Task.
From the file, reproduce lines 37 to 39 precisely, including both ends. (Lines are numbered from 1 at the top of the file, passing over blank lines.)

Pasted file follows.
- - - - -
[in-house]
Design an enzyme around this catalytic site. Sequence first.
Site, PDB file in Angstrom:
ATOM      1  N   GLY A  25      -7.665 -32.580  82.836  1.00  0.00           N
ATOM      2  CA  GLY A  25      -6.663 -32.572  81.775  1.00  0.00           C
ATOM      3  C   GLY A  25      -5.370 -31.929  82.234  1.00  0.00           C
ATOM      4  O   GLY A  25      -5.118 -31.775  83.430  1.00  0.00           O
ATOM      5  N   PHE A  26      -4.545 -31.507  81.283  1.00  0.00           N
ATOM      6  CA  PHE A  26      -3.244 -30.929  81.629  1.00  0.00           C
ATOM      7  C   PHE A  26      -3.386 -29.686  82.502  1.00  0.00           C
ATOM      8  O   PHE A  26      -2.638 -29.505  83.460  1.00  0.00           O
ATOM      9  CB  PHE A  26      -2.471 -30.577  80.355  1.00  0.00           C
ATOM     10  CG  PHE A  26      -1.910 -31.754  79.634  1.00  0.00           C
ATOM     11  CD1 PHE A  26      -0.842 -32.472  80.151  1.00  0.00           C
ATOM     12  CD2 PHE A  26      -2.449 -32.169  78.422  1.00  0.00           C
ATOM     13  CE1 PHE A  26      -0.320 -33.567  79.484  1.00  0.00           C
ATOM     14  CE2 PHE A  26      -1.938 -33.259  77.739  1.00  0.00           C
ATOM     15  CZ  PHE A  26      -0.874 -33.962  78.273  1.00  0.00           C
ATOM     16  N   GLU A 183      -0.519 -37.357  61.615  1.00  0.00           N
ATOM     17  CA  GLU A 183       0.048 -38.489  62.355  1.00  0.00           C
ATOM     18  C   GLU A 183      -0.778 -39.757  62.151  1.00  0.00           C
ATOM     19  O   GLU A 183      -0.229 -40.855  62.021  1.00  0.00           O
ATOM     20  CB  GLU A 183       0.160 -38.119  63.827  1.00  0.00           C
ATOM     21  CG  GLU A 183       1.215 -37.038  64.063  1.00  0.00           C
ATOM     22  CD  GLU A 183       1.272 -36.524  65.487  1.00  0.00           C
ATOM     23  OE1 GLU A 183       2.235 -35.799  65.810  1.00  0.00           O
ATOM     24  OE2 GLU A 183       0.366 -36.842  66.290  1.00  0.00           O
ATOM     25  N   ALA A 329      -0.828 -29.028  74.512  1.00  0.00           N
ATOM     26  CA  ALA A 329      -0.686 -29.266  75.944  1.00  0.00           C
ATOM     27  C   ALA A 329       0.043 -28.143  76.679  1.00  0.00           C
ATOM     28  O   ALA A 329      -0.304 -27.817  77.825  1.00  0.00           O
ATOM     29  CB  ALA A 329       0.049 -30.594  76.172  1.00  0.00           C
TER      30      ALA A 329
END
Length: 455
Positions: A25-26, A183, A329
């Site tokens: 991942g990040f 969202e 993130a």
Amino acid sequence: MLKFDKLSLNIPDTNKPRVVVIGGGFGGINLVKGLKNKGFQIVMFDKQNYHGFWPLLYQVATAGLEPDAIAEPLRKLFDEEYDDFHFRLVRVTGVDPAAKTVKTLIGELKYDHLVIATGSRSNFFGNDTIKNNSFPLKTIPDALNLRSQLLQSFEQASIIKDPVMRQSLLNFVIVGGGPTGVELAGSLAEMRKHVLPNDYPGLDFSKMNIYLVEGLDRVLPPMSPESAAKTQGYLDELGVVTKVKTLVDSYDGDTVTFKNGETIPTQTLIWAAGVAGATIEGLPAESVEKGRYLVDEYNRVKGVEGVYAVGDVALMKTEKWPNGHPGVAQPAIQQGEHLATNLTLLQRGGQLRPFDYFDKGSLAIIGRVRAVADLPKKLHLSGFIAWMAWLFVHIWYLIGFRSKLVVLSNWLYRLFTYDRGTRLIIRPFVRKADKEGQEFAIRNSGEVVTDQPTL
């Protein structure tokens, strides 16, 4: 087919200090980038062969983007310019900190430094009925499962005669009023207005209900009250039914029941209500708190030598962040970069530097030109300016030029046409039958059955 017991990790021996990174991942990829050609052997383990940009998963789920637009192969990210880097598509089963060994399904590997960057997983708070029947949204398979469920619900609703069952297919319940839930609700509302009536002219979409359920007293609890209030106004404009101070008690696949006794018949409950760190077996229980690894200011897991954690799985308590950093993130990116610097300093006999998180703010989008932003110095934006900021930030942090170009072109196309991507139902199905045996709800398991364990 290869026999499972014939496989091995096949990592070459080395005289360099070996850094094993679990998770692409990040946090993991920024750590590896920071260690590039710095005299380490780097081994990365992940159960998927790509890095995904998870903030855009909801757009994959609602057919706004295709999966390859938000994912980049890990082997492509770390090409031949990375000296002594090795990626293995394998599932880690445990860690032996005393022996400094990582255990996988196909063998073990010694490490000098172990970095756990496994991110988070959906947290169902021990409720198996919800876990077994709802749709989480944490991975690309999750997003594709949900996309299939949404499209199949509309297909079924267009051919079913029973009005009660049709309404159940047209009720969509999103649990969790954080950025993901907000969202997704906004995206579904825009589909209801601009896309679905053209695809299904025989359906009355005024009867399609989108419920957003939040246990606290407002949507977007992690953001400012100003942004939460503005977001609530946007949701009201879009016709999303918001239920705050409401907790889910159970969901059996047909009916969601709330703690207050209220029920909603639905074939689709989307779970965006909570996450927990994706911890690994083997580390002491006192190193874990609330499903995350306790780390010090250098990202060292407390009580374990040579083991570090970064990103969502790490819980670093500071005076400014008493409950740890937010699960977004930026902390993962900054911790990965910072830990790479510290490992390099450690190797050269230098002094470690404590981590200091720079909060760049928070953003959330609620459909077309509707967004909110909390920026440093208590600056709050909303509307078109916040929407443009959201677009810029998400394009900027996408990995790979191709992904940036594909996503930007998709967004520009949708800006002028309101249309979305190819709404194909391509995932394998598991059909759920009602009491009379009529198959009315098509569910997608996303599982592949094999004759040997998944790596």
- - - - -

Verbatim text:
């Site tokens: 991942g990040f 969202e 993130a």
Amino acid sequence: MLKFDKLSLNIPDTNKPRVVVIGGGFGGINLVKGLKNKGFQIVMFDKQNYHGFWPLLYQVATAGLEPDAIAEPLRKLFDEEYDDFHFRLVRVTGVDPAAKTVKTLIGELKYDHLVIATGSRSNFFGNDTIKNNSFPLKTIPDALNLRSQLLQSFEQASIIKDPVMRQSLLNFVIVGGGPTGVELAGSLAEMRKHVLPNDYPGLDFSKMNIYLVEGLDRVLPPMSPESAAKTQGYLDELGVVTKVKTLVDSYDGDTVTFKNGETIPTQTLIWAAGVAGATIEGLPAESVEKGRYLVDEYNRVKGVEGVYAVGDVALMKTEKWPNGHPGVAQPAIQQGEHLATNLTLLQRGGQLRPFDYFDKGSLAIIGRVRAVADLPKKLHLSGFIAWMAWLFVHIWYLIGFRSKLVVLSNWLYRLFTYDRGTRLIIRPFVRKADKEGQEFAIRNSGEVVTDQPTL
């Protein structure tokens, strides 16, 4: 087919200090980038062969983007310019900190430094009925499962005669009023207005209900009250039914029941209500708190030598962040970069530097030109300016030029046409039958059955 017991990790021996990174991942990829050609052997383990940009998963789920637009192969990210880097598509089963060994399904590997960057997983708070029947949204398979469920619900609703069952297919319940839930609700509302009536002219979409359920007293609890209030106004404009101070008690696949006794018949409950760190077996229980690894200011897991954690799985308590950093993130990116610097300093006999998180703010989008932003110095934006900021930030942090170009072109196309991507139902199905045996709800398991364990 290869026999499972014939496989091995096949990592070459080395005289360099070996850094094993679990998770692409990040946090993991920024750590590896920071260690590039710095005299380490780097081994990365992940159960998927790509890095995904998870903030855009909801757009994959609602057919706004295709999966390859938000994912980049890990082997492509770390090409031949990375000296002594090795990626293995394998599932880690445990860690032996005393022996400094990582255990996988196909063998073990010694490490000098172990970095756990496994991110988070959906947290169902021990409720198996919800876990077994709802749709989480944490991975690309999750997003594709949900996309299939949404499209199949509309297909079924267009051919079913029973009005009660049709309404159940047209009720969509999103649990969790954080950025993901907000969202997704906004995206579904825009589909209801601009896309679905053209695809299904025989359906009355005024009867399609989108419920957003939040246990606290407002949507977007992690953001400012100003942004939460503005977001609530946007949701009201879009016709999303918001239920705050409401907790889910159970969901059996047909009916969601709330703690207050209220029920909603639905074939689709989307779970965006909570996450927990994706911890690994083997580390002491006192190193874990609330499903995350306790780390010090250098990202060292407390009580374990040579083991570090970064990103969502790490819980670093500071005076400014008493409950740890937010699960977004930026902390993962900054911790990965910072830990790479510290490992390099450690190797050269230098002094470690404590981590200091720079909060760049928070953003959330609620459909077309509707967004909110909390920026440093208590600056709050909303509307078109916040929407443009959201677009810029998400394009900027996408990995790979191709992904940036594909996503930007998709967004520009949708800006002028309101249309979305190819709404194909391509995932394998598991059909759920009602009491009379009529198959009315098509569910997608996303599982592949094999004759040997998944790596």